The Jacksonville Jaguars decided to give first overall pick Trevor Lawrence a familiar face in his new home by selecting Clemson running back Travis Etienne with their second pick in the first round of the 2021 NFL Draft. It was a bit of a confusing decision considering they already had 2020's standout rookie, James Robinson, on the roster at the position. Robinson went undrafted and still rushed for over 1,000 yards on the worst team in football.
It is justifiable, though. Robinson is good but not the dual-threat back Etienne could be in the NFL, and Etienne was a legit gamebreaker for the Tigers in college. Paired with the fact that he's accustomed to Lawrence and vice versa, you can see the vision. Worse picks have been made by this organization.
Head coach Urban Meyer, trying his hand at professional football for the first time ever, has a bit of a different idea for what Etienne can do for the team. Frankly, it's bizarre. After the draft, Meyer called Etienne a "third-down back" and said he'd use Carlos Hyde (yes, he is still in the league) and Robinson as the "downhill" runners while Etienne can be the change-of-pace back. Via CBS:
"I see Carlos and James the 1-2, downhill, powerful running backs," Meyer said. "And I see Travis -- there's times where we could be in two-backs and Travis is a guy that goes out. Or we're still playing with it, but he's certainly a third-down back and he's a guy that's a matchup issue for the defense."
I mean... that's fine, I guess, but the Jags just burned a first-round pick on the guy. You don't use a first-rounder on a third-down back. Running backs drafted that high are expected to be game-changers and workhorses for the duration. Calling Etienne a third-down back seems to indicate Meyer does not agree. Then came the news today that Etienne would be taking all of his snaps... at wide receiver during rookie camp in Jacksonville.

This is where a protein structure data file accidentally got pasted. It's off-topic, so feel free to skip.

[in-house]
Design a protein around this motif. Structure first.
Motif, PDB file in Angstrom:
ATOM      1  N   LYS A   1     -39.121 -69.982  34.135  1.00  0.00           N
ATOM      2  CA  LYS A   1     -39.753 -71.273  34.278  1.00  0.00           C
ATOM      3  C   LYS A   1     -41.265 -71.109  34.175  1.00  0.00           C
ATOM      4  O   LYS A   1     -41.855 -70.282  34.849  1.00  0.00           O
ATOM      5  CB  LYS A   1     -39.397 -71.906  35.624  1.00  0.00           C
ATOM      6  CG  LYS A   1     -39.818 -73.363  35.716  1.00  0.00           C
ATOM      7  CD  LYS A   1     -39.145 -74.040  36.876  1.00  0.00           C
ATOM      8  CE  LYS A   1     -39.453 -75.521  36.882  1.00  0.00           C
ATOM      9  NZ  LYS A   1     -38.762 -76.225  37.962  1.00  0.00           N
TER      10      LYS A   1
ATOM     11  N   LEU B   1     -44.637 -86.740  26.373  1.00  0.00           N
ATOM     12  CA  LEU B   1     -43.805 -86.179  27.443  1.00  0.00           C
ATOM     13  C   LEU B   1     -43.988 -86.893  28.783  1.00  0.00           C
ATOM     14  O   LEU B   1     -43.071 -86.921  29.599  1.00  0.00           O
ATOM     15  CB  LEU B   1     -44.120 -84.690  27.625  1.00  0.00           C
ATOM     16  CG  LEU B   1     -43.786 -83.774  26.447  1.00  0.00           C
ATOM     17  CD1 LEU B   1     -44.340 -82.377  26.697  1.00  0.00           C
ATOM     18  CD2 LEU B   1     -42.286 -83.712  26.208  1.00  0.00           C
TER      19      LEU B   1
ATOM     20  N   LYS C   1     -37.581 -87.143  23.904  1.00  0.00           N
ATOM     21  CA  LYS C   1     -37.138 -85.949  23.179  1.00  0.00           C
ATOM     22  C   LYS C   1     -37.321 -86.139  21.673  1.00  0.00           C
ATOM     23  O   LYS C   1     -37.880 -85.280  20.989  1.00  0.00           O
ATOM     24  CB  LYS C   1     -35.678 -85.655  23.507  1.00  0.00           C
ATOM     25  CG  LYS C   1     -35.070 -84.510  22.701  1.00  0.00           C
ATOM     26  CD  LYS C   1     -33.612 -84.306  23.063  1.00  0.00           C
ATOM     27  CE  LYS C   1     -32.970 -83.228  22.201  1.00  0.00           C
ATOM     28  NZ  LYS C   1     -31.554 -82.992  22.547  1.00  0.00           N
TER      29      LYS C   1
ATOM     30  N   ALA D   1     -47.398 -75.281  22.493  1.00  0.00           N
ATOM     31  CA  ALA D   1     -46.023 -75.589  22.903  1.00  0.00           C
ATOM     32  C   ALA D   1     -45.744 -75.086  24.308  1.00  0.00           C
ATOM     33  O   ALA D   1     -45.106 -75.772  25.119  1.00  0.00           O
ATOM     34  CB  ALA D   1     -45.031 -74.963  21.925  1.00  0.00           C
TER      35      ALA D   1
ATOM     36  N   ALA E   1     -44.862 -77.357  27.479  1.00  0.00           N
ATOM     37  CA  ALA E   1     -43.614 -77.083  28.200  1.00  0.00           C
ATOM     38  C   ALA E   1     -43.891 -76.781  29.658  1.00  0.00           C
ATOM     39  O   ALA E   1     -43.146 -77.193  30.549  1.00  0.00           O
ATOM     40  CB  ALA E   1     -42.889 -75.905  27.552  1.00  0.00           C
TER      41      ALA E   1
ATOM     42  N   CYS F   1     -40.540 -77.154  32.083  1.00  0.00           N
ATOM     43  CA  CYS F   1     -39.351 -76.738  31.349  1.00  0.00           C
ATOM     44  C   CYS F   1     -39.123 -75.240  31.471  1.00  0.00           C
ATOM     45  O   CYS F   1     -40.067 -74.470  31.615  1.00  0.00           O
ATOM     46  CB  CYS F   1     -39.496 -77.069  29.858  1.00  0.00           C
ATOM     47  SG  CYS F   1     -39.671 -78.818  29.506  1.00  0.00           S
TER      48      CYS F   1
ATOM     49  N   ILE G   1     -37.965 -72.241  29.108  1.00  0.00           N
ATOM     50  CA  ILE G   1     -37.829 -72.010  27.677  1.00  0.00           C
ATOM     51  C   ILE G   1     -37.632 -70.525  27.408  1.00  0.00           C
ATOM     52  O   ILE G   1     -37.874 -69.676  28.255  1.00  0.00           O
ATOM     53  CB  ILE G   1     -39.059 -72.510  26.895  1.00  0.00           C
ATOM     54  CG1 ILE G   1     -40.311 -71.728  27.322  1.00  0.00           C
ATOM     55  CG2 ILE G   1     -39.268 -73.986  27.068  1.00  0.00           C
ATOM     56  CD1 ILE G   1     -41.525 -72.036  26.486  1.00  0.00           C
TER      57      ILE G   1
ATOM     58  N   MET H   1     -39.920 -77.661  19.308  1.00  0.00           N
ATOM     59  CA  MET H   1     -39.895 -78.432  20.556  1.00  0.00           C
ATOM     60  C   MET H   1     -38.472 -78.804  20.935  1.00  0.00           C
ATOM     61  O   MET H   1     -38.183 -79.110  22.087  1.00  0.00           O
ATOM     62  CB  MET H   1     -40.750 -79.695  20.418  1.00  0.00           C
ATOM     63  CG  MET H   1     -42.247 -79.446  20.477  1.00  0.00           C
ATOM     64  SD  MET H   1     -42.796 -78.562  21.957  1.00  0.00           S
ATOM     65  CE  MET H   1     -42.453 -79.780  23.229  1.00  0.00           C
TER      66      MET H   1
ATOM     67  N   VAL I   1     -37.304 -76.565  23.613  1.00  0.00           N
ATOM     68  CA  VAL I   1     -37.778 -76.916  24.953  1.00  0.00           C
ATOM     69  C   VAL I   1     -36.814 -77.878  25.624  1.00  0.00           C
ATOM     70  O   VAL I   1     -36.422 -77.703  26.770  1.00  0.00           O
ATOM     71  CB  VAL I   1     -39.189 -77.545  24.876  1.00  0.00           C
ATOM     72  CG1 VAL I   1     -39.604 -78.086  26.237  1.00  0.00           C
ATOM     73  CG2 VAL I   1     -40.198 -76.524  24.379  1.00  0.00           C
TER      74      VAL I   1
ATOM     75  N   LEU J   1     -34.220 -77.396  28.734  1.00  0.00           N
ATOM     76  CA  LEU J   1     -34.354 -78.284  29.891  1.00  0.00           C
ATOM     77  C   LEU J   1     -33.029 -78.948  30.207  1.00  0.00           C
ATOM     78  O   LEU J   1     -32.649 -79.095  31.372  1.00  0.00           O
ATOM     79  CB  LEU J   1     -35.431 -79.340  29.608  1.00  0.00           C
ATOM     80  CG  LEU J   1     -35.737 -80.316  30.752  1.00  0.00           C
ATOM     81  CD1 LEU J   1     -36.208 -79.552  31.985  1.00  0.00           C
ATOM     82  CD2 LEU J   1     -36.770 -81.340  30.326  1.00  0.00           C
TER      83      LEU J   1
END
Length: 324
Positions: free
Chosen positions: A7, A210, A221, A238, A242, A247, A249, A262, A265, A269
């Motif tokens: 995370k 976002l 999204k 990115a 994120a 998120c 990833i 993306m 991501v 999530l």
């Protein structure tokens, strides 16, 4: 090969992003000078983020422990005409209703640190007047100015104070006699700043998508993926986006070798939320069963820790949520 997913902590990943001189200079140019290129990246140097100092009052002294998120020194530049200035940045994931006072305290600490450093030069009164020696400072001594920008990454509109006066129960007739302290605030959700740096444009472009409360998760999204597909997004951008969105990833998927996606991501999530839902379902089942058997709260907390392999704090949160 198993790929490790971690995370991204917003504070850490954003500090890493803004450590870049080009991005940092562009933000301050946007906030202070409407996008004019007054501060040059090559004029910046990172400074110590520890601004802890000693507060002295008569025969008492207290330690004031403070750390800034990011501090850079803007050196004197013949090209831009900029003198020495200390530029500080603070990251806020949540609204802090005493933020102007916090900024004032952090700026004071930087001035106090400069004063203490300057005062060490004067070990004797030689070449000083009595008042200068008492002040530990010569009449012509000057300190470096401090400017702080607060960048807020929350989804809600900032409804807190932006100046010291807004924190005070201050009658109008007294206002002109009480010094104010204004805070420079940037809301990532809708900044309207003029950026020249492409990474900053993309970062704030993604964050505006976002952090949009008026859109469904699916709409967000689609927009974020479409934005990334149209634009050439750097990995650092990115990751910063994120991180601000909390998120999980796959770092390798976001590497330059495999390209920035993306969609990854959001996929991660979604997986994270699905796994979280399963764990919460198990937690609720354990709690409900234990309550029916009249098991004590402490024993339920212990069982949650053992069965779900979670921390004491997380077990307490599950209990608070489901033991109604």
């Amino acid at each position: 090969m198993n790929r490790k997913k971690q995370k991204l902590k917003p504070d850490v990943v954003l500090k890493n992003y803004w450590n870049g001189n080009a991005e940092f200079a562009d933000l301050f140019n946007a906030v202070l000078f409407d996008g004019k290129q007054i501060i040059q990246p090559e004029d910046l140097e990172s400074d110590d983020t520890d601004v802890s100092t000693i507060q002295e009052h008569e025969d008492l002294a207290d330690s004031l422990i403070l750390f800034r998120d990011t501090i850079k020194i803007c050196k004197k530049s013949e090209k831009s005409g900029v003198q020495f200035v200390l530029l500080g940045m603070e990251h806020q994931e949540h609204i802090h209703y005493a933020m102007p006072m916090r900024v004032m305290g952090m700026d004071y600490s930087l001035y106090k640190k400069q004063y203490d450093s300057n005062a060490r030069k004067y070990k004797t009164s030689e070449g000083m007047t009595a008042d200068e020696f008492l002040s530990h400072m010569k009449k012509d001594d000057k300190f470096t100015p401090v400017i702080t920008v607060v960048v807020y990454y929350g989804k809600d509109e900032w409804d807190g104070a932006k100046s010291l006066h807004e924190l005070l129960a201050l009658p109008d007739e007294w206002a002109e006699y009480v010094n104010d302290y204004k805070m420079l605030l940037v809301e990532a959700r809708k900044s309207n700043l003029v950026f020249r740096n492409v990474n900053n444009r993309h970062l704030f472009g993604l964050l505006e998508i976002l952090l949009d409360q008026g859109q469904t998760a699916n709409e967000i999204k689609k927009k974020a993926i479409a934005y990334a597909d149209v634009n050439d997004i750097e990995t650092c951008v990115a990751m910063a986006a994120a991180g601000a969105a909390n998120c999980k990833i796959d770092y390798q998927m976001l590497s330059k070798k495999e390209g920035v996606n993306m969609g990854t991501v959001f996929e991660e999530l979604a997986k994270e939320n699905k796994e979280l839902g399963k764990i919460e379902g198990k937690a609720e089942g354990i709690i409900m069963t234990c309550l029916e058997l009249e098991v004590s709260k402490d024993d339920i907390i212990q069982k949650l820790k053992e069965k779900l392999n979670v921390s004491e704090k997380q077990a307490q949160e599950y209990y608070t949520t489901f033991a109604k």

Again, that's certainly one way to go about it. But Etienne was a beast at Clemson and forcing him into a receiving back-type role not only is misusing his talents, but also does not justify the capital used to acquire him.
Etienne was a four-year starter at Clemson and broke the 1,000-yard rushing mark twice in that timespan. Last year, he ran for 914 yards at a 5.4 yard-per-carry clip and 14 touchdowns. The fact that 5.4 yards per carry was by far his lowest average of the four seasons at Clemson should be indicative of his big-play ability. Last year also doubled as Etienne's best as a receiver in college; he recorded 48 catches for 588 yards and two touchdowns. A pass to Etienne, whether it was a screen or out of the backfield, was as good as a first down by those numbers.
It feels like Meyer is trying to shoehorn Etienne into becoming a receiving back who can also carry it sometimes, rather than a back who can do both at a high level every game, as Le'Veon Bell truly was in his prime. And it doesn't make sense. The Jaguars could have found an actual receiving back with a similar skillset to Etienne in any of the seven rounds of the draft. Maybe they wouldn't be quite as dangerous as Etienne, but it's very likely a back could have been found who produces nearly as much as Etienne at a fraction of the cost.
It is still the offseason, of course. By Week 4 everything could change. Etienne could end up being used as the primary back regardless of what down it is if he shows out in camp. But to spend a first-round pick on a running back, then to call him a third-down back and have him take receiving reps during minicamp... I don't know. It sounds like the Jags of old, the perennial bottom-feeders blowing high pick after high pick.
Lawrence's selection is supposed to signify a new era of Jacksonville football. He's one of the best QB prospects of all time. Meyer is a historically successful coach, albeit at a different level. As acknowledged above, it's only May. But this doesn't feel like a great start for that new era.